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17th Oct 2023

Sheikh Jassim tipped to make shock bid for rival PL club as revenge for failed Man United takeover

Callum Boyle

Sheikh Jassim

Sheikh Jassim pulled out of the race to buy Man United last weekend

Sheikh Jassim has been tipped to make a shock bid to buy Liverpool after he withdrew from the race to buy Manchester United.

On Saturday, the Qatari businessman pulled out of the running after the Glazer family rejected his offer of more than £6bn in total to purchase a 100 per cent stake in the club.

As a result, Sheikh Jassim pulled out of the deal, leaving Sir Jim Ratcliffe as the only contender left as he looks to complete a deal which will give him a 25 per cent stake in the club in what is reportedly being viewed as a staged takeover that will eventually see him become majority owner of United.

Had Sheikh Jassim’s bid been successful there were promises to invest heavily in the playing squad as well as developing the facilities, which included an Old Trafford rebuild, as well as clearing the club’s debt.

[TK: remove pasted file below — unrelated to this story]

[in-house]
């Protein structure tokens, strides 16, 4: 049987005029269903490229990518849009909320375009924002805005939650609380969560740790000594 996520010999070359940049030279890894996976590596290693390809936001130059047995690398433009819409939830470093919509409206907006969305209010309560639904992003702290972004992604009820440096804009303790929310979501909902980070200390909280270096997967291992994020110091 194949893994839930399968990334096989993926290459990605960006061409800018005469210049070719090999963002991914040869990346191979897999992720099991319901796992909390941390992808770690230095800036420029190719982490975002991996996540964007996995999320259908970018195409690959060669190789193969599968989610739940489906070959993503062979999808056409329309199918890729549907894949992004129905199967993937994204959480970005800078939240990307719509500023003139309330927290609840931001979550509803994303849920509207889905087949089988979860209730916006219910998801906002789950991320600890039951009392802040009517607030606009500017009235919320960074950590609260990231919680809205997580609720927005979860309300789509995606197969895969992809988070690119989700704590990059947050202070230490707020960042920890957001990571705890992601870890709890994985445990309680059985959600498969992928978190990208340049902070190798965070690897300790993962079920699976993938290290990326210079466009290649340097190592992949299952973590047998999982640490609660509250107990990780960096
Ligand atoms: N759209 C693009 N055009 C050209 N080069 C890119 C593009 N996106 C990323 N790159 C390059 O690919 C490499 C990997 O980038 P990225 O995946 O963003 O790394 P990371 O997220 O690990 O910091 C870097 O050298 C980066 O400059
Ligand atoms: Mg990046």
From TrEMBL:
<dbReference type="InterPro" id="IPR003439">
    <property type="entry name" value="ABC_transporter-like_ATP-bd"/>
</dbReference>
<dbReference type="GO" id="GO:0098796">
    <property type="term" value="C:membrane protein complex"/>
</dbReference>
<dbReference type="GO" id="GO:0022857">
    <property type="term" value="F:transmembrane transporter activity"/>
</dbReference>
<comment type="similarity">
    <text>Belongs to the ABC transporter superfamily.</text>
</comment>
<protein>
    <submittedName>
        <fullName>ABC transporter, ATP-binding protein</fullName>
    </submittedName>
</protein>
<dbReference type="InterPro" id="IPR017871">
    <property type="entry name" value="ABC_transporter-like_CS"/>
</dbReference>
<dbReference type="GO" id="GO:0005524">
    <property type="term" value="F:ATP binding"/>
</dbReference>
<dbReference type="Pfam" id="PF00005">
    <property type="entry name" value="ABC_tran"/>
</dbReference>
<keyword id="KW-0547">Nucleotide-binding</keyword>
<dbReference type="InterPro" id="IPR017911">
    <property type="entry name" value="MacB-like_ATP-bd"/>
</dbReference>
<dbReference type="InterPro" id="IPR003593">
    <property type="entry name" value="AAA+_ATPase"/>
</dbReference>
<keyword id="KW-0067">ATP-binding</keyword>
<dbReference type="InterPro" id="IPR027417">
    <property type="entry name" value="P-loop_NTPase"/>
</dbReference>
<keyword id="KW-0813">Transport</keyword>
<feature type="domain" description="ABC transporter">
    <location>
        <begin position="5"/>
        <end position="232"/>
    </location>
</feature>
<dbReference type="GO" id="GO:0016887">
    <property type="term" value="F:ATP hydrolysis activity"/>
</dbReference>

While speaking on the Daily Mail’s ‘It’s All Kicking Off’ podcast‘, journalist Mike Keegan has tipped Jassim to make a bid for Liverpool as an act of “revenge” for his failed attempt to buy Man United.

“The Qataris set aside about $8 billion (£6.57 billion) for the United project,” he said.

“That money is there and ready to go, burning a hole in their pockets, so what a story that would be [to buy Liverpool].

“From what I am led to believe, they [Qataris] are very, very disappointed and angered at how this has played out.

“What better way to respond than to get United’s biggest rivals from down the road and throw all that money you were going to throw into Manchester United into making them pay for that decision not to sell to you.”

In November last year, Liverpool’s owners said that they were open to accepting offers of outside investment “if it was in the best interests of Liverpool as a football club”.

Last month it was confirmed that FSG had sold a minority stake – believed to be between 1.9 and 3.8 per cent – in Liverpool to US-based firm Dynasty Equity.

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